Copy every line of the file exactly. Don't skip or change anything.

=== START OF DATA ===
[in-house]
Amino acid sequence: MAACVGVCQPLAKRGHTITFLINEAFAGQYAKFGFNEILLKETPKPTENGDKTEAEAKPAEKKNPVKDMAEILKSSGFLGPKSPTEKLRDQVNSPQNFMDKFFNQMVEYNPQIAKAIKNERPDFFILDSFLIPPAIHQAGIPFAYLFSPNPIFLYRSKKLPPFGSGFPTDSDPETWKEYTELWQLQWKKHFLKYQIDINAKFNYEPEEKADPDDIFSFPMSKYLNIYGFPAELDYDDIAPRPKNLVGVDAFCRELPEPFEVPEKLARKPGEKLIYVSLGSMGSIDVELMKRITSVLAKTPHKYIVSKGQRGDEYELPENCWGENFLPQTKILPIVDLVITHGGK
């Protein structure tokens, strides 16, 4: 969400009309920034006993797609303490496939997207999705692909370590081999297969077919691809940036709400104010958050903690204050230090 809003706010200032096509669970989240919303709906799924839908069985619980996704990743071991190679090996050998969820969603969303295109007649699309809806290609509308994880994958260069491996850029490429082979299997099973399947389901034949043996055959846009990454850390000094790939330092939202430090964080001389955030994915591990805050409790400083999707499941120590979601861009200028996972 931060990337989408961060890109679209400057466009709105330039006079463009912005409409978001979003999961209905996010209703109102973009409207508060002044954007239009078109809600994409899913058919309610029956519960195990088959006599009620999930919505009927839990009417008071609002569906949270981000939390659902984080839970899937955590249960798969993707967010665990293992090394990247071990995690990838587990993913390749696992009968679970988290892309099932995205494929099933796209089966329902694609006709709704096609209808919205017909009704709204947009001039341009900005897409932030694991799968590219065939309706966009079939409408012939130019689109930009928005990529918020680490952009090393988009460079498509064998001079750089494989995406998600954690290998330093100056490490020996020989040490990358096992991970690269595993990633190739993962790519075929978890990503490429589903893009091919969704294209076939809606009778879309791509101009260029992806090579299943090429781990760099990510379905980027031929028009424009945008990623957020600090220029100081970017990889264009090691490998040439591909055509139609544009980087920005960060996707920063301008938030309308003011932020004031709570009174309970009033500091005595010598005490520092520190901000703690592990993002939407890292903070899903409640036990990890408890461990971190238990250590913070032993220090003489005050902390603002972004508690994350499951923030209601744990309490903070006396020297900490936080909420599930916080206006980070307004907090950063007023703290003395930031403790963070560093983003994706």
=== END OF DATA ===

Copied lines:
[in-house]
Amino acid sequence: MAACVGVCQPLAKRGHTITFLINEAFAGQYAKFGFNEILLKETPKPTENGDKTEAEAKPAEKKNPVKDMAEILKSSGFLGPKSPTEKLRDQVNSPQNFMDKFFNQMVEYNPQIAKAIKNERPDFFILDSFLIPPAIHQAGIPFAYLFSPNPIFLYRSKKLPPFGSGFPTDSDPETWKEYTELWQLQWKKHFLKYQIDINAKFNYEPEEKADPDDIFSFPMSKYLNIYGFPAELDYDDIAPRPKNLVGVDAFCRELPEPFEVPEKLARKPGEKLIYVSLGSMGSIDVELMKRITSVLAKTPHKYIVSKGQRGDEYELPENCWGENFLPQTKILPIVDLVITHGGK
């Protein structure tokens, strides 16, 4: 969400009309920034006993797609303490496939997207999705692909370590081999297969077919691809940036709400104010958050903690204050230090 809003706010200032096509669970989240919303709906799924839908069985619980996704990743071991190679090996050998969820969603969303295109007649699309809806290609509308994880994958260069491996850029490429082979299997099973399947389901034949043996055959846009990454850390000094790939330092939202430090964080001389955030994915591990805050409790400083999707499941120590979601861009200028996972 931060990337989408961060890109679209400057466009709105330039006079463009912005409409978001979003999961209905996010209703109102973009409207508060002044954007239009078109809600994409899913058919309610029956519960195990088959006599009620999930919505009927839990009417008071609002569906949270981000939390659902984080839970899937955590249960798969993707967010665990293992090394990247071990995690990838587990993913390749696992009968679970988290892309099932995205494929099933796209089966329902694609006709709704096609209808919205017909009704709204947009001039341009900005897409932030694991799968590219065939309706966009079939409408012939130019689109930009928005990529918020680490952009090393988009460079498509064998001079750089494989995406998600954690290998330093100056490490020996020989040490990358096992991970690269595993990633190739993962790519075929978890990503490429589903893009091919969704294209076939809606009778879309791509101009260029992806090579299943090429781990760099990510379905980027031929028009424009945008990623957020600090220029100081970017990889264009090691490998040439591909055509139609544009980087920005960060996707920063301008938030309308003011932020004031709570009174309970009033500091005595010598005490520092520190901000703690592990993002939407890292903070899903409640036990990890408890461990971190238990250590913070032993220090003489005050902390603002972004508690994350499951923030209601744990309490903070006396020297900490936080909420599930916080206006980070307004907090950063007023703290003395930031403790963070560093983003994706």